Often, at Easter, the account of “Doubting Thomas” is recounted. This account is the one where the disciples were hiding behind locked doors for fear that they too would end up on a Roman cross just like Jesus. As they were in the room sharing some fish and bread, Jesus appeared. Since dead people do not naturally rise from the dead, they responded with disbelief. Yet, not long before, these men had been told by some women that they, the women, had been to the tomb where Jesus had been buried, only to find it empty. What's more, the women said, they'd been told by angels that Jesus had risen from the dead – just as He's predicted.
As the account goes, Thomas wasn't there when Jesus appeared and when the guys later told Thomas what had happened he famously said, “Unless I touch the nail wounds in this hands and place my hand in the spear wound in His side, I will not believe any reports that Jesus has risen from the dead.”
Richard Dawkins loves this account because he thinks that Thomas reacted the same as Dawkins would. You see, Thomas demanded, as does Dawkins, empirical evidence before belief.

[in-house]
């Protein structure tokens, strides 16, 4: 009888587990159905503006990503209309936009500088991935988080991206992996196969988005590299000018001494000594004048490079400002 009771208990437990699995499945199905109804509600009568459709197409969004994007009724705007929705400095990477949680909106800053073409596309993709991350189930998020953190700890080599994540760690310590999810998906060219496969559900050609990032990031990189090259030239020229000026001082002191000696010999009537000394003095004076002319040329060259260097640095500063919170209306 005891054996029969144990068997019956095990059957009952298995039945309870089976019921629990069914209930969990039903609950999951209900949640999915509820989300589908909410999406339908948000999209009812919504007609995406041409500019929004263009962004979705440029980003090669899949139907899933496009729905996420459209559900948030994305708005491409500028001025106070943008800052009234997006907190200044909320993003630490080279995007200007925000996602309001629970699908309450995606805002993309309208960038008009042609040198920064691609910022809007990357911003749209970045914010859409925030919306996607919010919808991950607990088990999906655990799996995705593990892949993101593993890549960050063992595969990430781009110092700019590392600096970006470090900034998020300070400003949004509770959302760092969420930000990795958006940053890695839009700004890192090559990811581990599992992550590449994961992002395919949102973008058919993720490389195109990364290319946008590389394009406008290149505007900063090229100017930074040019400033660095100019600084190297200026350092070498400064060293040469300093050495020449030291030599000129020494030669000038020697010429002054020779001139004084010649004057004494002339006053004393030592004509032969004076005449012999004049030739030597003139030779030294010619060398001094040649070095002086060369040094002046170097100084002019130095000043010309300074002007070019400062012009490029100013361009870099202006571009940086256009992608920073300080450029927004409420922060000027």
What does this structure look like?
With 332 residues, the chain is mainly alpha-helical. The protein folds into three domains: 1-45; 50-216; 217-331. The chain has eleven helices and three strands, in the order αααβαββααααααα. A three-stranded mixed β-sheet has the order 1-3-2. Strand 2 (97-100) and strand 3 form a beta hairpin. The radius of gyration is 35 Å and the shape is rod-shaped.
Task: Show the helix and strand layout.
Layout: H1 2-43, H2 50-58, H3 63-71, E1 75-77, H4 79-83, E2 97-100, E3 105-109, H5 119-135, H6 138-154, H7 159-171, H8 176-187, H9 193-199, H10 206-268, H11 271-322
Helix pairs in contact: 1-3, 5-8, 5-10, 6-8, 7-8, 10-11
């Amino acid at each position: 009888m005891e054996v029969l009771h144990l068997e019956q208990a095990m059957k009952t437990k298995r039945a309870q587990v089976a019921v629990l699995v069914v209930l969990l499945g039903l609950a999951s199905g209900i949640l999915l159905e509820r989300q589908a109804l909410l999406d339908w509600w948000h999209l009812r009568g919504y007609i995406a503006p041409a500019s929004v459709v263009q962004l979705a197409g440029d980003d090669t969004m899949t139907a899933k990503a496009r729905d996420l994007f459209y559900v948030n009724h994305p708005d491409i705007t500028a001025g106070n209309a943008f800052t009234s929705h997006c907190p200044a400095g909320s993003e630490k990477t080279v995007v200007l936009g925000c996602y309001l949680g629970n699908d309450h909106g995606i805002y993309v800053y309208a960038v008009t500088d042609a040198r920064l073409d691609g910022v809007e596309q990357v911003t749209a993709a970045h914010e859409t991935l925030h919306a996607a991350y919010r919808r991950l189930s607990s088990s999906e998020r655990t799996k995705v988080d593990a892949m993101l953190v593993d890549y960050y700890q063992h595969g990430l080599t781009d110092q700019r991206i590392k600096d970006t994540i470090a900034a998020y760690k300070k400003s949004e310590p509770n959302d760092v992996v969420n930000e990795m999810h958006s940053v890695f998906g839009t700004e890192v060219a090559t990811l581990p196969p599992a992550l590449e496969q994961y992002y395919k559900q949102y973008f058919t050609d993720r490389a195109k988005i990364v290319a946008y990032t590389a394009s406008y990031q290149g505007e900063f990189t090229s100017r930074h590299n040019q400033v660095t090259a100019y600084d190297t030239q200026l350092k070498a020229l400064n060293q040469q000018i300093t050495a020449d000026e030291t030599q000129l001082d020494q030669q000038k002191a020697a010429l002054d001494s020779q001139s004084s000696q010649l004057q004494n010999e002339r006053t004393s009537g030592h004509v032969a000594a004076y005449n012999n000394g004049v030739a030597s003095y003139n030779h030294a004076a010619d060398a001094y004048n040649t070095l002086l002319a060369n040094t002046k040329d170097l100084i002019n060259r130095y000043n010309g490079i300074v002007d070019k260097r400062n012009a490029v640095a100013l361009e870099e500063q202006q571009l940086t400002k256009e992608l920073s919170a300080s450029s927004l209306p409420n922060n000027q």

Because Richard Dawkins is so incredibly dull of mind regarding all things to do with his Creator, he doesn't understand that every single one of Jesus followers required then, and still require today, empirical evidence to believe. Only atheists live with blind faith to follow their world-view. Read the Gospels. You'll see that time after time after time, all of the disciples required extra proof to believe at yet another level. My favourite example is found in the last chapter of John. “We didn't dare ask if it was Him because we knew it was.” This is after more than a month of repeatedly seeing the risen Jesus in many and varied situations, times, places and with different people.
Oh, and the main difference between Thomas and Richard Dawkins? When confronted with irrefutable evidence of the risen Jesus, Thomas admitted, “My Lord and my God.” Richard, as do all atheists, rejects and ignores the evidence before them.